P.Herc. 817 from Facsimiles to MSI: A Case for Practical Verification
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P.Herc. 817, containing the Carmen de bello actiaco, enjoyed its most recent, fully formal edition in 1958, although Immarco published significant new scholarship toward a new edition during the 1980s and 1990s. Benario's text offered the first ever English translation, but it did not involve any autopsy of the papyrus. Nor did Zecchini's treatment of the poem's text, which results in highly useful commentary and significant analysis; but, it does not constitute a scholarly edition of the text.
Until recently editors of the Carmen de bello actiaco worked with apographs, or disegni, drawn by hand to replicate the traces of ink and other features of the papyrus. Immarco used the binocular microscope to read the intractable papyrus itself. The recent application of digital infrared imaging technology – sometimes called "multispectral imaging" by mistake – has made the text of P.Herc. 817 more accessible than ever before. These images produced by scholars at Brigham Young University have led to improved legibility of this and other damaged papyri. The next edition of P.Herc. 817 will be the first that can be accompanied by trustworthy images for scholarly verification.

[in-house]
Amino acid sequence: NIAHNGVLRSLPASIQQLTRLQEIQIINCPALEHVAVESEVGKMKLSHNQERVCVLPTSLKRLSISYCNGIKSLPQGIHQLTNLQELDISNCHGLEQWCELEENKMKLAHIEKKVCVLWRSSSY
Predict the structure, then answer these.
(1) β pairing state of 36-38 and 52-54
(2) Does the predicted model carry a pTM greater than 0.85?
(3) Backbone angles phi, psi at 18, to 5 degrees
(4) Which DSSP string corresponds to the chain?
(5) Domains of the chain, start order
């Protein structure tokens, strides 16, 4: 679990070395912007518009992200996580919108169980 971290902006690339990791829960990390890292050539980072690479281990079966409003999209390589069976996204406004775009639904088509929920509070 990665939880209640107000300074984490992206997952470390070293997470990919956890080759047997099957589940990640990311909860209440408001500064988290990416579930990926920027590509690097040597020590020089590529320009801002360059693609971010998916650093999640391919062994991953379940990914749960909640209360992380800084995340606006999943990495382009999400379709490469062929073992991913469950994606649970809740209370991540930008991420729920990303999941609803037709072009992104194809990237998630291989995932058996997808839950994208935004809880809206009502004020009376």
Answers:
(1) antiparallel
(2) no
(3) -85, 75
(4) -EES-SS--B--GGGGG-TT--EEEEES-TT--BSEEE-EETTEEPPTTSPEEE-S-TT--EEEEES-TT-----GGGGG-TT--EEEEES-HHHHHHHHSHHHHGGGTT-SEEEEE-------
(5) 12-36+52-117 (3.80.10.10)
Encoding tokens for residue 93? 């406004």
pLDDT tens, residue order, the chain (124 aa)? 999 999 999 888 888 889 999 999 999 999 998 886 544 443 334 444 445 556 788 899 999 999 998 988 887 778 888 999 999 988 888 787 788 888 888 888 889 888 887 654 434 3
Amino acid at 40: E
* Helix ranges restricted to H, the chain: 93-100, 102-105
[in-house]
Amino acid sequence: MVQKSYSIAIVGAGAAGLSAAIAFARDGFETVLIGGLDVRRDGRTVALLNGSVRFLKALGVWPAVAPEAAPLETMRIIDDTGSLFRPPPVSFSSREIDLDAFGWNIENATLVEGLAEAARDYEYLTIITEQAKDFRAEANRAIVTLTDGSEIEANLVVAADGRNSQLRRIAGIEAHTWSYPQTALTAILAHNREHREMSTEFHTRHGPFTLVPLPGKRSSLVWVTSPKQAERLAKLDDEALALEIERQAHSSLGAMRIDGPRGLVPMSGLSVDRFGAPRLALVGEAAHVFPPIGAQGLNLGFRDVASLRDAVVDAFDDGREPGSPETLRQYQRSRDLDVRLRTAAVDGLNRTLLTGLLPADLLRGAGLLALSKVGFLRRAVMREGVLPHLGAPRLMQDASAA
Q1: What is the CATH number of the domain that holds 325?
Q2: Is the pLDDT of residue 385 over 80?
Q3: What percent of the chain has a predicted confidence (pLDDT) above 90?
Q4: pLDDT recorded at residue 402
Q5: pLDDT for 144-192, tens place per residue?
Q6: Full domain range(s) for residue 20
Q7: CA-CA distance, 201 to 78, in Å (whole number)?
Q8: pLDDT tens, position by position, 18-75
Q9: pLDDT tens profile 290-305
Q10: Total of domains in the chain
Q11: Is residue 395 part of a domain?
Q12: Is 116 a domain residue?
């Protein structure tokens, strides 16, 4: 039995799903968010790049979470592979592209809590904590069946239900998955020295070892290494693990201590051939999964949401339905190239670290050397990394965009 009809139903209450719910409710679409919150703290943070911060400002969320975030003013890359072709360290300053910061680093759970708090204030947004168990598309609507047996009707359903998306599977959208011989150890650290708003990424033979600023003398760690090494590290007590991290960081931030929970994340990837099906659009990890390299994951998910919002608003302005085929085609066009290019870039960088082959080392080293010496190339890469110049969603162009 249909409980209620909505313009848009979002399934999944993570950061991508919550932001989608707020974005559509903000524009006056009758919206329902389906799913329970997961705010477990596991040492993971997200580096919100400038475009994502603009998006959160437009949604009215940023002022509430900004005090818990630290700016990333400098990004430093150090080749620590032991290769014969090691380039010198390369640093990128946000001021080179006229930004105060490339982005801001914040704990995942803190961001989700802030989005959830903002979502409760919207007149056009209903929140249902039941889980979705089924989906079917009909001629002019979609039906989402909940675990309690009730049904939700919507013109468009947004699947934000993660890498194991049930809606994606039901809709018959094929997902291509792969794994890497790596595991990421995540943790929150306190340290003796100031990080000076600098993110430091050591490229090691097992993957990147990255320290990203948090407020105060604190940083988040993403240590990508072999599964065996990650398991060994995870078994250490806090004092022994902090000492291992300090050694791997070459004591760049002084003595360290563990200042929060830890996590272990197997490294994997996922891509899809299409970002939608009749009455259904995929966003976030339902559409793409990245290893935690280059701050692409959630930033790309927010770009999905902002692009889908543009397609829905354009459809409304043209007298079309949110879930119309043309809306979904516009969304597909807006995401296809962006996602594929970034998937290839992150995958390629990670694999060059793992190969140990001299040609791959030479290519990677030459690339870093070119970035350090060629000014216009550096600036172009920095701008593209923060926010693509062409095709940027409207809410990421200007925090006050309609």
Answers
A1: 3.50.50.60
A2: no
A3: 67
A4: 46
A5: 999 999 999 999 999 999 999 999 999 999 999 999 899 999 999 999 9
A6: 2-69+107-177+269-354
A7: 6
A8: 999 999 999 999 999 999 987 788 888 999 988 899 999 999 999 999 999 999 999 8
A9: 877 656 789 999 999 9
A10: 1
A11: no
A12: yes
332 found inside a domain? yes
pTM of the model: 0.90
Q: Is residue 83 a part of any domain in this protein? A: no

Some three decades ago Sedley stipulated that even the Herculaneum Papyri should be published in scientifically sound editions presenting all recoverable text and accompanied by accurate images of the papyrus for the sake of verification. Other papyrological collections can meet this standard; but, the carbonized intractability of the Herculaneum Papyri, as is well known, often has made it impossible for scholars to include alongside their editions any images that one would regard as objectively sound. The digital infrared images of the papyri can help answer scholars' need to substantiate their readings in published editions.